Efficiency Experts was the title initially given to change agents who increased industrial throughput. In The Lucy Show of the same title, the star, Lucy Carmichael, successfully begins her work as the company’s new consultant. That is until the pace takes over. Once the line moves faster she can no longer master the task. The manufacturing line hustles her into a commotion and she comedically falls and drops product in efforts to keep up. This ignites laughter and Lucy recovers in her typical deferential manner, admitting that the task was greater than she once conceived.
There are a few lessons in this. The obvious one is to keep up with the pace. Others include understanding that the efficiency task is not as easy as it might seem, to admit your mistakes before they cause your collapse and other lessons. One lesson that Lucy conveys is that change agents can always benefit from humor during the typical challenges of change work. Sometimes it hard to adapt to change. There is no end to human strengths but, also our foibles. A lighthearted spirit filled with amusement of one’s weaknesses alleviates stress.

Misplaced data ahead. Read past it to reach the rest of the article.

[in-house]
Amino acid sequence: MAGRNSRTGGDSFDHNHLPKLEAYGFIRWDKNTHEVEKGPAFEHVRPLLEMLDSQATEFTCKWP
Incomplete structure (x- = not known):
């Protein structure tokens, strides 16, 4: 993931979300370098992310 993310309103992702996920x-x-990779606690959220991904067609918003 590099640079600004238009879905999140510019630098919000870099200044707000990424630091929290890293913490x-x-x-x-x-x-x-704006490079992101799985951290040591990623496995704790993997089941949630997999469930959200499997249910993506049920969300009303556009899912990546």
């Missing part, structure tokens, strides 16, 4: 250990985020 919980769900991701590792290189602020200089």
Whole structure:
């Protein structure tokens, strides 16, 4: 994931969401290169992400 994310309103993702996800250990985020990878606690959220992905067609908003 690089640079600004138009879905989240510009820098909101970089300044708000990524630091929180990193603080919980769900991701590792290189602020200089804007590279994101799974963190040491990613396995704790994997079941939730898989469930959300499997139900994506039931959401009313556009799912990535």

Humor has its place. It is not always appropriate to verbalize the entertainment value of mistakes; self management requires a keen sense of the context. However, finding a sense of compassionate pleasure in the midst of difficult moments brightens circumstances. The balanced change agent has common sense. She accepts conditions as they are, helping others acknowledge them and temper challenges with a smile. Even more skillful is the ability change the conversation, to laugh at one’s self.
These are not natural skills for everyone, like other soft skills they can be developed. When you are able, take half an hour to review the Lucy Show and see where she had * change agent skills, * room for improvement, * the ability to humbly laugh at herself. This is not meant to lower expectations to the level of functioning demonstrated in this show. It is to reveal the truth that a genuine change expert has a sense of humor. Go ahead, laugh. Turn on your Lucy!